Tax-free childcare scheme delayed
The introduction of the government's tax-free childcare scheme is to be put back until early 2017, following a legal challenge from providers of existing childcare vouchers.
The new government scheme promises to pay 20% of working parents' childcare bills, offering savings of up to £2,000 per child. But the scheme was challenged by providers of childcare vouchers, which will be forced to close to new members once the government scheme is launched.
Although the Supreme Court over-ruled the challenge, the government will not be able to get its scheme up and running in time for the planned Autumn launch.
Exchequer Secretary to the Treasury Damian Hinds said: "We are pleased that the government's proposals for delivering Tax-Free Childcare have been found to be clearly lawful. This government is absolutely clear on the importance of supporting families with their childcare costs."
He added: "It is disappointing that some organisations involved in the existing scheme felt the need to take and persist in this costly and wasteful course of action, which has led to a delay in the launch of Tax-Free Childcare."
The news will come as a disappointment to parents who are not eligible for the existing childcare scheme – for example they are self-employed or vouchers are not offered by their employer.
However, because existing members of the current childcare voucher scheme will not be forced to switch to the government scheme, it does provide working parents with more time to work out which deal will offer them the greatest savings.
According to Busy Bee Benefits, middle- to low-earning parents, families where only one parent works, those who only use childcare a few days a week and those who have children over the age of 12 may all be better off with childcare vouchers. Parents who joined the scheme before 2011 who pay higher rate tax will also need to think twice before leaving the scheme as they still receive 40% tax relief on their vouchers.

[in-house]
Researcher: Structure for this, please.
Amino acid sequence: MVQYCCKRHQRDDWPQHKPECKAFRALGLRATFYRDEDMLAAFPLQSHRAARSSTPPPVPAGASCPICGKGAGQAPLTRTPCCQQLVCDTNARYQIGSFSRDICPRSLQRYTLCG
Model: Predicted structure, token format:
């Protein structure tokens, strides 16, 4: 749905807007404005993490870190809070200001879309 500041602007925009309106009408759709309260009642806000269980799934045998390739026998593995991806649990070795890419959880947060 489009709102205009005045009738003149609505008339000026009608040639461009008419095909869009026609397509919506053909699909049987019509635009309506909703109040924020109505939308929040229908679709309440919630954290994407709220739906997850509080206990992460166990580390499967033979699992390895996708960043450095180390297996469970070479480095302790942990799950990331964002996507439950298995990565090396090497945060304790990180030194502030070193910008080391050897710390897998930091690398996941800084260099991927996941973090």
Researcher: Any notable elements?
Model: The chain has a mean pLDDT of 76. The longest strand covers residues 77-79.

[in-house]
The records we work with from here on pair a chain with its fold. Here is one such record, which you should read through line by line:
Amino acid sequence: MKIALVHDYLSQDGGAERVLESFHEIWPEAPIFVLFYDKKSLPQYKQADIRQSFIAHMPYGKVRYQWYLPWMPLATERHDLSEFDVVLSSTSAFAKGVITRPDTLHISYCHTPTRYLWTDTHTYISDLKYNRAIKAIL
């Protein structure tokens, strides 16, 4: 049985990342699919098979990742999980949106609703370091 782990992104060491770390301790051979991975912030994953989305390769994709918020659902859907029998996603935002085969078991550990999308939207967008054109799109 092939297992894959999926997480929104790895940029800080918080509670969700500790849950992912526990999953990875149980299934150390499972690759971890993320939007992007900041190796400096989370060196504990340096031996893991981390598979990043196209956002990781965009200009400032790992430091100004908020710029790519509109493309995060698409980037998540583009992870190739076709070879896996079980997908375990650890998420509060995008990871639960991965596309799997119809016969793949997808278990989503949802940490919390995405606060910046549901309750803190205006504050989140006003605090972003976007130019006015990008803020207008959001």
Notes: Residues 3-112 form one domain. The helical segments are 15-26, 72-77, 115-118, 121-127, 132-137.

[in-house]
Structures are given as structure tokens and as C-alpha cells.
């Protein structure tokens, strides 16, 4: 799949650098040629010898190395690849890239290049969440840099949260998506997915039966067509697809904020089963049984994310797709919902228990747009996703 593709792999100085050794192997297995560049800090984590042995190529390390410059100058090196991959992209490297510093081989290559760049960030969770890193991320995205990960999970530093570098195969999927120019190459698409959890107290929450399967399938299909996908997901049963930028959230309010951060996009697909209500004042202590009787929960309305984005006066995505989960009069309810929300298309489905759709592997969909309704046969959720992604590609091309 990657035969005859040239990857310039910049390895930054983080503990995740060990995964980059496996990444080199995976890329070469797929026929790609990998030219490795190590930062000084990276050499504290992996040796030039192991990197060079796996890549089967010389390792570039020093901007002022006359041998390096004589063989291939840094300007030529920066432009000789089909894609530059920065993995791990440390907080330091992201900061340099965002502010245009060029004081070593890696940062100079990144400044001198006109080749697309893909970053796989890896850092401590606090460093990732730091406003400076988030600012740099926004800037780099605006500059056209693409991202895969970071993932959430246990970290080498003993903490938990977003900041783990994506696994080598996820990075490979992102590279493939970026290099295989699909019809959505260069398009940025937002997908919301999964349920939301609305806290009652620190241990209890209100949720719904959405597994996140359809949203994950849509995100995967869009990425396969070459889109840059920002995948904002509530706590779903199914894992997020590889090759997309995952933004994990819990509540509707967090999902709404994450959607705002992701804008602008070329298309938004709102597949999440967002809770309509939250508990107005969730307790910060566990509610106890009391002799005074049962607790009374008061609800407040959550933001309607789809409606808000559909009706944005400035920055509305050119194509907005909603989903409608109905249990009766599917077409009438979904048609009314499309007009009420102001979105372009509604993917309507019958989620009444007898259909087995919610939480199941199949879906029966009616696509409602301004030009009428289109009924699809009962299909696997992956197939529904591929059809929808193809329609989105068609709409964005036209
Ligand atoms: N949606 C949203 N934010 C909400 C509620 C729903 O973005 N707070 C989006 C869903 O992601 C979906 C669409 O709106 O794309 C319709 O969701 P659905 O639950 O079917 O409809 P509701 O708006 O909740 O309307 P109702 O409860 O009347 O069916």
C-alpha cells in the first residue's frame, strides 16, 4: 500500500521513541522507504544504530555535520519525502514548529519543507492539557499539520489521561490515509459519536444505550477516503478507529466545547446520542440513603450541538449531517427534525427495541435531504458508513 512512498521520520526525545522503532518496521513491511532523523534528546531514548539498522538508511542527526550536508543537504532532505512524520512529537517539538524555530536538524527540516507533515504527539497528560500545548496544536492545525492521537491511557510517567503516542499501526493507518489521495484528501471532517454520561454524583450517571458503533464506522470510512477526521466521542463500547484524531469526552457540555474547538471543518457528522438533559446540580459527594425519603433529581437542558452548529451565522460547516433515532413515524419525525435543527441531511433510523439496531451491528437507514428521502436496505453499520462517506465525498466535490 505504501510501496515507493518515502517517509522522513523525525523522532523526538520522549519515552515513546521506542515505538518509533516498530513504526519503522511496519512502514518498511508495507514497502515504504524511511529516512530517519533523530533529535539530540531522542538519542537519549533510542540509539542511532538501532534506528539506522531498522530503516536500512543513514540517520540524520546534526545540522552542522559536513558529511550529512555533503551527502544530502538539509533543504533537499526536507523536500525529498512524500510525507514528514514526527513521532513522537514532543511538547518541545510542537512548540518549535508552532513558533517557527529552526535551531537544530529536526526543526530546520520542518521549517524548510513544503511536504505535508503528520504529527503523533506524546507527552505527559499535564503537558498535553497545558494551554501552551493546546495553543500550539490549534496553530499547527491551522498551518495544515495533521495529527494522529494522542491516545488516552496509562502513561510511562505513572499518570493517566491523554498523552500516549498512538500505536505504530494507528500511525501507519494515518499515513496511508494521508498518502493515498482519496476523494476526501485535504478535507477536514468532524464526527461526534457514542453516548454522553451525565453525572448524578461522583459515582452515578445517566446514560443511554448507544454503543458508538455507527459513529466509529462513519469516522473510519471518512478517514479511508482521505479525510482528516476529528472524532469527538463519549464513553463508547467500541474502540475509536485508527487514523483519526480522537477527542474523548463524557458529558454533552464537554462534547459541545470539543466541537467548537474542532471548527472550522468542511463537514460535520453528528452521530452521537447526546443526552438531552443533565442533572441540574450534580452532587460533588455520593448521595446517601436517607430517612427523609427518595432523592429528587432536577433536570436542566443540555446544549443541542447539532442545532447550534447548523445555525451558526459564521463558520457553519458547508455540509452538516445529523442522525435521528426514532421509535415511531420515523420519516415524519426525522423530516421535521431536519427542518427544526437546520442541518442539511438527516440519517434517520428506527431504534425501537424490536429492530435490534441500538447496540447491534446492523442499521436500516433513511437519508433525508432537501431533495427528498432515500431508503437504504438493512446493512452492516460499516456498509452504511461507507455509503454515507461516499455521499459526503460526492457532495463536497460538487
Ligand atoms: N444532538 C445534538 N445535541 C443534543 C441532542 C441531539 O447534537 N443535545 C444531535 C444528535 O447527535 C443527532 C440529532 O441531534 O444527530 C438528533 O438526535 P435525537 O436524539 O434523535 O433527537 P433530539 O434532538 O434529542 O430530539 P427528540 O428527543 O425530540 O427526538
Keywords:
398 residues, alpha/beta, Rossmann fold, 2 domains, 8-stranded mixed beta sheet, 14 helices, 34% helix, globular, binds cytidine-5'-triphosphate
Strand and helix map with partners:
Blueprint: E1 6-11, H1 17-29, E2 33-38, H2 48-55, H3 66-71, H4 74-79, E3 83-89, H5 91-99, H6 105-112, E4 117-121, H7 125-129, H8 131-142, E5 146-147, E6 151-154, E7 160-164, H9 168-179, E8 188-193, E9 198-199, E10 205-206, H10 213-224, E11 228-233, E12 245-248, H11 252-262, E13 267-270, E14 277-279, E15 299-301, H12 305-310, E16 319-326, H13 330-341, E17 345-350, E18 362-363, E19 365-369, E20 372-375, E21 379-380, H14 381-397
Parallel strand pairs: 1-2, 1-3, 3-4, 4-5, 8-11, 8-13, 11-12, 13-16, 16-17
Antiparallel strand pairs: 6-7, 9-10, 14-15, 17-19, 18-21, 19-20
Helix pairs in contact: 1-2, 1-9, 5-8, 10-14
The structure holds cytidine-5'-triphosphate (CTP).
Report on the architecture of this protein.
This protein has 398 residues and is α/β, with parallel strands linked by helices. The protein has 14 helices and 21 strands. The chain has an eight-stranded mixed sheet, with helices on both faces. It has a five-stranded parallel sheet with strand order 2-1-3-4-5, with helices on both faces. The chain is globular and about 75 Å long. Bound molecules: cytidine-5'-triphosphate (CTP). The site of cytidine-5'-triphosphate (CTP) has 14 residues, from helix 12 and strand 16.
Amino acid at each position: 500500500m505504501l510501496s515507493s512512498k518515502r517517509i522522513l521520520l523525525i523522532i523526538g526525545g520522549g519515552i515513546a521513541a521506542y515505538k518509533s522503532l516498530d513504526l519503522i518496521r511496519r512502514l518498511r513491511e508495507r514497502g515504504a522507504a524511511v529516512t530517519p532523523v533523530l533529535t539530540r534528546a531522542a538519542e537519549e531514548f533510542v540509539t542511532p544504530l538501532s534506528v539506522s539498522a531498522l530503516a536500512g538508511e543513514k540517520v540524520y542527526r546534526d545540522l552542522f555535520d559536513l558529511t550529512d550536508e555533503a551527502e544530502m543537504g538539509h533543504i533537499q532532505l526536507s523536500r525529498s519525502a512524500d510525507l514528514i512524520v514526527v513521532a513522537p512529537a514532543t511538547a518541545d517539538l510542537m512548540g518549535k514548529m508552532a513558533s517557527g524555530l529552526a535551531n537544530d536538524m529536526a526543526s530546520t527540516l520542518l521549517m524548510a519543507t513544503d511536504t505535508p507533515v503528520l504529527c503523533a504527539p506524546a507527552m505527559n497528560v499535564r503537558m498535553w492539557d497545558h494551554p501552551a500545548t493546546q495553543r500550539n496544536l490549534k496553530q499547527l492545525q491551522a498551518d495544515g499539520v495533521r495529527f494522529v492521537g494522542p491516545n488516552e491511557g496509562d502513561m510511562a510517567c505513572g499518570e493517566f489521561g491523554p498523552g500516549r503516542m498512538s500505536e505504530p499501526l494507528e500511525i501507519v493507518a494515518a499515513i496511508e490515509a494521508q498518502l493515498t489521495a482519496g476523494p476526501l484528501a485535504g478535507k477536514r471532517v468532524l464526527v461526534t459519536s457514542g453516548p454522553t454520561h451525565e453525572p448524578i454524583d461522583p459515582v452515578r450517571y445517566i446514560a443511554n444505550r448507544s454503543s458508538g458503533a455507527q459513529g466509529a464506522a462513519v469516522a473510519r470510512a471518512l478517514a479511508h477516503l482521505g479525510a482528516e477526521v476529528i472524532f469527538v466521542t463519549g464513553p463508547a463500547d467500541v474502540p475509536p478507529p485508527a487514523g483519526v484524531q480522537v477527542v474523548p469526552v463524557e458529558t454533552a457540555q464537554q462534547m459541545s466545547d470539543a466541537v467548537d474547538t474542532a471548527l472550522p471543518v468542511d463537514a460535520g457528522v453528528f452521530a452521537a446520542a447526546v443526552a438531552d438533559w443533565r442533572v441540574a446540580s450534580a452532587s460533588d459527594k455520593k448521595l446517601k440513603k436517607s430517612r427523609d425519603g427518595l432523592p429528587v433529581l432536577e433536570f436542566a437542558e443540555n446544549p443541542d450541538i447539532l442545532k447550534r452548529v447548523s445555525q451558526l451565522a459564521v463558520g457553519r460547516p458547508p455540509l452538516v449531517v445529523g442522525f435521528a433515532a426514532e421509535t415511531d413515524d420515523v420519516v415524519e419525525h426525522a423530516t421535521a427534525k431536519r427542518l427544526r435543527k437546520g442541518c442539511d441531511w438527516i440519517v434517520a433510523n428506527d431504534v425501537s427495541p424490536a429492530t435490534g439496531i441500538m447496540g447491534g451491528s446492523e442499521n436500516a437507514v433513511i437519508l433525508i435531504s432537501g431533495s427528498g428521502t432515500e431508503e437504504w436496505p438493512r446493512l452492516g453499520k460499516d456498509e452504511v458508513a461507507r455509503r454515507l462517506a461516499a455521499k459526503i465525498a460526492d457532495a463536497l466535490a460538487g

Research conducted by Busy Bee Benefits suggests that 80% of parents will be better off continuing to use childcare vouchers.
John Woodward, CEO of Busy Bee Benefits said: "With Tax Free Childcare, the Government will be subsidising 20% of a child's childcare, on costs of up to £10,000 per year. Therefore, to get maximum savings, parents must spend £8,000 per child, each year. To get the maximum savings using Childcare Vouchers, parents are only required to spend £2,916 each year."
He added: "Both parents can use Childcare Vouchers; therefore savings could double to more than £1,800 at an outlay of only £5,832 per family to get maximum savings," he concluded.
Parents who want to start buying childcare vouchers – which offer tax relief on purchases worth up to £243 a month - need to do so before the government scheme launches in 2017.
If your employer doesn't offer childcare vouchers it is worth raising the matter with them. In addition to savings on your childcare bills they also offer employers National Insurance savings worth up to £402 a year per employee that signs up to the scheme.
A scheme originally established in 1944 to provide protection against sickness and unemployment as well as helping fund the National Health Service (NHS) and state benefits. NI contributions are compulsory and based on a person’s earnings above a certain threshold. There are several classes of NI, but which one an individual pays depends on whether they are employed, self-employed, unemployed or an employer. Payment of Class 1 contributions by employees gives them entitlement to the basic state pension, the additional state pension, jobseeker’s allowance, employment and support allowance, maternity allowance and bereavement benefits. From April 2016, to qualify for the full state pension, individuals will need 35 years’ of NI contributions.
A special government scheme operated through employers that allows you to pay for childcare from your PRE-tax salary. The vouchers cover childcare up to 1 September after your child’s 15th birthday (16th if they are disabled) and can be used at any registered and regulated nursery, playgroup and for nannies, childminders or au pairs.